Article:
So I've just wasted my evening reading through countless reviews... well technically, they're enumerable, I'm just not in the mood to list how many I've actually read. Regardless, the point is that I had to read through many different reviews for different platforms of a single game: NBA 2k14. That's right, the golden sports goose from 2K Sports. So why did I have to read through so many reviews for such a highly lauded and highly praised game? Because “Microtransactiongate” has seeped into the new generation of home console gaming in the worst way imaginable.
Gamers have done what gamers do best when things go awry in a game's monetary business model: complain about it online. While there are many pundits who would rather gamers stay silent and take the unwarranted butt-ramming of their wallet in silent, ill-wanted appreciation, gamers refuse to sit down and let their hobby become overtaken and buried under the same philosophy of greed that ruined our housing market, ruined our national credit rating and essentially helped put tens of millions of Americans out of work. Yeah, gamers have the back bone that apparently the rest of our society lacks (or is too lazy to adopt).
Regardless, gamers made it known that there's something terribly wrong with the highly praised but deeply flawed NBA 2K14. What's so wrong? The microtransactions.
While nothing is inherently blocked and locked entirely behind a paywall like the blatant act of anti-consumerism by Capcom with Street Fighter X Tekken, the game adopts Turn 10 Studios' recent paradigm of redesigning a game around a grind, which is exactly what happened with Forza Motorsport 5.
“What's so bad about grinding in a game?” you ask. Well, grinding in games is nothing new nor nothing so burdensome that it can inhibit gamers from having fun. However, when a game is purposefully designed around a grind that's so tedious that players become frustrated enough – either due to cutting down on time spent grinding or becoming bored with the way the game adopts an addictive measure of repetition in order to achieve "success" – that they would rather spend real-life cash than play the game, something is wrong. One gamer best described it as “Paying full price for the game and then paying more money to not play the game.”
In the case of NBA 2K14, the game has been tailored around virtual currency to do all sorts of things, from trading players to firing coaches to rearranging your team. Everything requires virtual currency, and even though it's something one reviewer from one major game site acknowledges, none of the other reviewers seem to have taken up any kind of aversion to the fact that NBA 2K14 is designed on the long haul like a free-to-play MMO.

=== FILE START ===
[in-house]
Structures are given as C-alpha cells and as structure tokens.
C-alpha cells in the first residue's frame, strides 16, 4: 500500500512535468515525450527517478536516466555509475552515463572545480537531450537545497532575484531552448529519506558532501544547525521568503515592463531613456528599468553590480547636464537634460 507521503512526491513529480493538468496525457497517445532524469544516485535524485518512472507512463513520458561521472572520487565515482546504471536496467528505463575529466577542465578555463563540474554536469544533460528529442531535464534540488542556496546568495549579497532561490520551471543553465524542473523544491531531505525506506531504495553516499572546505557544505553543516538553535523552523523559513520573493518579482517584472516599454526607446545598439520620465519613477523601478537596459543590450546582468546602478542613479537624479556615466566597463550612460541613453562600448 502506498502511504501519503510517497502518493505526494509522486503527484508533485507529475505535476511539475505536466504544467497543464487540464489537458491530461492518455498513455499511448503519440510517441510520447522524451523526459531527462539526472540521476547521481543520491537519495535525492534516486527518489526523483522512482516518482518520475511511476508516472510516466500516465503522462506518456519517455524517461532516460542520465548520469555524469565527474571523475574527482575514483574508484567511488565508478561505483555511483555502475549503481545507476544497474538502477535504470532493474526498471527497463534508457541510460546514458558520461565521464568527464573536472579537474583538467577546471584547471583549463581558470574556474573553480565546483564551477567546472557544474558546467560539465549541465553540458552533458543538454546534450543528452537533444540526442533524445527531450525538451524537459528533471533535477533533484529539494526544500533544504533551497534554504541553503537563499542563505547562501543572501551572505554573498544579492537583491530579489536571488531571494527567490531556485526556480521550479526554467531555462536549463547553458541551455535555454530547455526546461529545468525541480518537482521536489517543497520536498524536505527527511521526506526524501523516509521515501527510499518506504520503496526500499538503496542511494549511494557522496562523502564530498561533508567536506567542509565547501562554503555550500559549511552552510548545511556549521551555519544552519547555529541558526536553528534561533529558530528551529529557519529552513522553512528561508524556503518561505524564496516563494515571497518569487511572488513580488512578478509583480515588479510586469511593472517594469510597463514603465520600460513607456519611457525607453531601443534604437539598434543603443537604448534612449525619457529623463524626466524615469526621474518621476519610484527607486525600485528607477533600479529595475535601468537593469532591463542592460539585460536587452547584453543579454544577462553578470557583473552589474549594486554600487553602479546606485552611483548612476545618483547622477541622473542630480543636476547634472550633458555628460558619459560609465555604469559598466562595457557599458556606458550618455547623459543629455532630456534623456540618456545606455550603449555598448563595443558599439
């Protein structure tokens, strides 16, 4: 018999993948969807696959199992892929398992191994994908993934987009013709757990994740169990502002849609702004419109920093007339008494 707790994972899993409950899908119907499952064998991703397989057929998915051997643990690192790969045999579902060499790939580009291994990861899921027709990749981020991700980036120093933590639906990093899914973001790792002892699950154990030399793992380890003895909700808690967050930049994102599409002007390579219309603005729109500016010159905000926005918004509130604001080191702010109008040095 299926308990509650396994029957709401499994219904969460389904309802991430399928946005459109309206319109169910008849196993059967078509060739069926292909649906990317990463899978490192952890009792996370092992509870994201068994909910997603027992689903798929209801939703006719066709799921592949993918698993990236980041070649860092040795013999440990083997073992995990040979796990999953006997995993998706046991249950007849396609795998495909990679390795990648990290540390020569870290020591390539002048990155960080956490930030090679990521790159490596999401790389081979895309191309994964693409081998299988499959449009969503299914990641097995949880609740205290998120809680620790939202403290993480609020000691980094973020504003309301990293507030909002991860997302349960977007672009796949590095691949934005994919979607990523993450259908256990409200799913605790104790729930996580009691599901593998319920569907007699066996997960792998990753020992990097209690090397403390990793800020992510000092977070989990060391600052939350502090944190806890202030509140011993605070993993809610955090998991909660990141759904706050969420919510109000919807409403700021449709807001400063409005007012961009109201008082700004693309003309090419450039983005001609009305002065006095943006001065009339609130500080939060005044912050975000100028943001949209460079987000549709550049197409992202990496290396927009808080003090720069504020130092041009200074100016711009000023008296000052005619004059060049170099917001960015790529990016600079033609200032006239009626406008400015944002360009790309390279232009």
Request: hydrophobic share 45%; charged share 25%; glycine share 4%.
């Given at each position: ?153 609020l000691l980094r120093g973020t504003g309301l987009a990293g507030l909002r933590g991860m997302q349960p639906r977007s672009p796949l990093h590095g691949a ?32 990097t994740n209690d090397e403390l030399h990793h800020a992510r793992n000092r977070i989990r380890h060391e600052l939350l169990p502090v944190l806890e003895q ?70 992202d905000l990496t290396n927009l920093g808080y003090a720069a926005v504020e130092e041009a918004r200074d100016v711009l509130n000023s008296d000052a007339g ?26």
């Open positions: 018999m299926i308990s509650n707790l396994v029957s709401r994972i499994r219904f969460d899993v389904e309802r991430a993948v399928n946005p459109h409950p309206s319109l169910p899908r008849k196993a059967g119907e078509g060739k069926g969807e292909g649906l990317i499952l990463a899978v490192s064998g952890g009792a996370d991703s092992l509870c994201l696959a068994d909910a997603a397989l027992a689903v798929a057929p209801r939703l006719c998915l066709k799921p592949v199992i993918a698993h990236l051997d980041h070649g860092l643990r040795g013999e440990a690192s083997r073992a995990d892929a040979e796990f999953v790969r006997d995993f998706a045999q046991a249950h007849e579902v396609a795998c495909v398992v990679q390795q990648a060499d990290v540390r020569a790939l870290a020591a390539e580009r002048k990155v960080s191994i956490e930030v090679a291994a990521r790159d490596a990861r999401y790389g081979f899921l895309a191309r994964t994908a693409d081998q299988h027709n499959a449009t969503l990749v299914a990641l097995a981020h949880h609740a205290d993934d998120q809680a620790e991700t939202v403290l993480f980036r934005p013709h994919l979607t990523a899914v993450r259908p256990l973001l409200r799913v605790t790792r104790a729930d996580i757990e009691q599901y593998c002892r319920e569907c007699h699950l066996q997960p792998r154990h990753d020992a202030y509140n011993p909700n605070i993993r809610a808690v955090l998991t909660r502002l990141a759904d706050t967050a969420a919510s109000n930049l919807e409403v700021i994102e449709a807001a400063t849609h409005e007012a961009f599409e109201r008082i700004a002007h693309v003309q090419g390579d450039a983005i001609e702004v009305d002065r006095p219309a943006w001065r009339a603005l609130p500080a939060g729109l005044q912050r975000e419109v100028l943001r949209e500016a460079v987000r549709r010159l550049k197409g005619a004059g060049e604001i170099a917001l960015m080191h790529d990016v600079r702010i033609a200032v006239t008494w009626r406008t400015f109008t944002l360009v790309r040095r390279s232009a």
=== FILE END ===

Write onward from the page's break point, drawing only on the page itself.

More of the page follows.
This sort of cash-shop creep mentality seeping in from the dirty crevices of the worst kind of cash shop manipulators in the free-to-play space and into the premium, $60 retail model is an egregious and dirty tactic that works to undermine gamers by taking advantage of their eagerness to play, and their willingness to part ways with cash to support what some might consider a short form of addiction. It's the fee-to-play model and it's getting worse by the release.
We were, in no uncertain terms, warned about this sort of tactic from the AAA publishers in a trollish prophecy by Cliffy B., after Microsoft reversed their DRM policies. The Gears of War creator basically laid it out that gaming would either require relentless forms of pervasive microtransactions or gamers would have to give up their rights of ownership with equally pervasive DRM machinations.
What's funny, though, is that gamers have come to terms of recognizing these tactics – tactics, I might add, that have also helped ruin some features of games like the NHL series from EA, and, to an extent, Grand Theft Auto Online. Gamers who have complained about this issue have been told to either not buy the game or do their research about the product before buying it.
However, as I mentioned in the article about the reviewers failing at their jobs with Total War: Rome II, how can gamers do proper research when reviewers seem to be completely oblivious to these issues and fail to mention them in their reviews?
Despite having a thorough and well-rounded take on the game, the Joystiq review for NBA 2K14 makes no mention whatsoever about the microtransactions. Alex Navarro's review at GiantBomb glances over features and gameplay, focusing mostly on the revamped career mode – much like Joystiq – but still no mention of the microtransactions.